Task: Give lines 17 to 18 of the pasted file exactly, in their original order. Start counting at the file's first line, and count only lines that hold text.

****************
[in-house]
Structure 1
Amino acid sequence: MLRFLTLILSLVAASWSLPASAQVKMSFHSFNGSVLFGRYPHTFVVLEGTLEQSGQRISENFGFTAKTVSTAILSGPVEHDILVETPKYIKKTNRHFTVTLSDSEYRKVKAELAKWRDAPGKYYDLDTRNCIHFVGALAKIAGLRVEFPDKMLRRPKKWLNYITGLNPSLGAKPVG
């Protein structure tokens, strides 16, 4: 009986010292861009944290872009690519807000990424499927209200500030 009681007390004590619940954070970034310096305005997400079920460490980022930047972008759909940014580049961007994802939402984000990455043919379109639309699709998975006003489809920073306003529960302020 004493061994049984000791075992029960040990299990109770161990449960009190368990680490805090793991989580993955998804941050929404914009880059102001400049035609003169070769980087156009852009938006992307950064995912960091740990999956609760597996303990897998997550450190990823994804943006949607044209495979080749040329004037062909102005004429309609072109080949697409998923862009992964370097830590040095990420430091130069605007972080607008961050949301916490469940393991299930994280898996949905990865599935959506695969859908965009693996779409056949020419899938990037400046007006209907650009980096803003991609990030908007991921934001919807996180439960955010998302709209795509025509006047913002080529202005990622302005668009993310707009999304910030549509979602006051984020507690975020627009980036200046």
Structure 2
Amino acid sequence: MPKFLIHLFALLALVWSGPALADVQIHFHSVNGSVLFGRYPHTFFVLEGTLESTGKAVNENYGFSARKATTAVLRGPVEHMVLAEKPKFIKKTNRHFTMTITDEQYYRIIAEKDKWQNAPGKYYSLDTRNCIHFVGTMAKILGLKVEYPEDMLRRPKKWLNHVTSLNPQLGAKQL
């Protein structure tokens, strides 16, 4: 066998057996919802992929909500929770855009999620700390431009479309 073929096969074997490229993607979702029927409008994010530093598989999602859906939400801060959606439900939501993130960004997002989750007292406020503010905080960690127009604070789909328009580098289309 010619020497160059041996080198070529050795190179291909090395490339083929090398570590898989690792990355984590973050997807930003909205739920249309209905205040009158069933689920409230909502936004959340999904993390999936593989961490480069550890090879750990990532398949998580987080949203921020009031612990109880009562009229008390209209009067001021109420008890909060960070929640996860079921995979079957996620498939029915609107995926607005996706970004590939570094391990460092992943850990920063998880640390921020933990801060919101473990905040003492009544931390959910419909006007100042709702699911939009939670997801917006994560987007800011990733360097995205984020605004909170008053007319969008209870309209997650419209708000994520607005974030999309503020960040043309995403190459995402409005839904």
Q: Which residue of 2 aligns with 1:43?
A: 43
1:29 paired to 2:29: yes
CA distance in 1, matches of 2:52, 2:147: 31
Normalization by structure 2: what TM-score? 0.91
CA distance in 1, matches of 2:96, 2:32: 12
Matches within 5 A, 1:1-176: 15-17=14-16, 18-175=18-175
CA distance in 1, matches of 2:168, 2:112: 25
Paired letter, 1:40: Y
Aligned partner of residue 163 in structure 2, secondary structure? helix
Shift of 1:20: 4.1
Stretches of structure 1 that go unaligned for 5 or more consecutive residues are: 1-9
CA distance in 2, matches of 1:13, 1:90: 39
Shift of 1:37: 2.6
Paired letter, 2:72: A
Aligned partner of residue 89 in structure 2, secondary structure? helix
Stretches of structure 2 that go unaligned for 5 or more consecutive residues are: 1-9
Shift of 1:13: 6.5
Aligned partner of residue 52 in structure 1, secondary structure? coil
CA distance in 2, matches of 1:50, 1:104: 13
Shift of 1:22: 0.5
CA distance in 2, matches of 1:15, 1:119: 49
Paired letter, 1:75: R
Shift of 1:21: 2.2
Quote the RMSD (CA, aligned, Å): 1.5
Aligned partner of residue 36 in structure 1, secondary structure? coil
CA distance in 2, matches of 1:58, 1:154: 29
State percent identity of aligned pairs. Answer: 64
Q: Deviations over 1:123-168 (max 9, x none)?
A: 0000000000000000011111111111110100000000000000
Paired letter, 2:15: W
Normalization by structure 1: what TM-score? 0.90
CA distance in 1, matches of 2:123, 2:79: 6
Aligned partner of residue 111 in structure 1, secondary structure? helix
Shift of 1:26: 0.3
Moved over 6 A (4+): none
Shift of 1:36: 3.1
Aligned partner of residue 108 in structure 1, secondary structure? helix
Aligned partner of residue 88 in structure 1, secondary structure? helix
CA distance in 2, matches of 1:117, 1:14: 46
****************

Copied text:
Aligned partner of residue 163 in structure 2, secondary structure? helix
Shift of 1:20: 4.1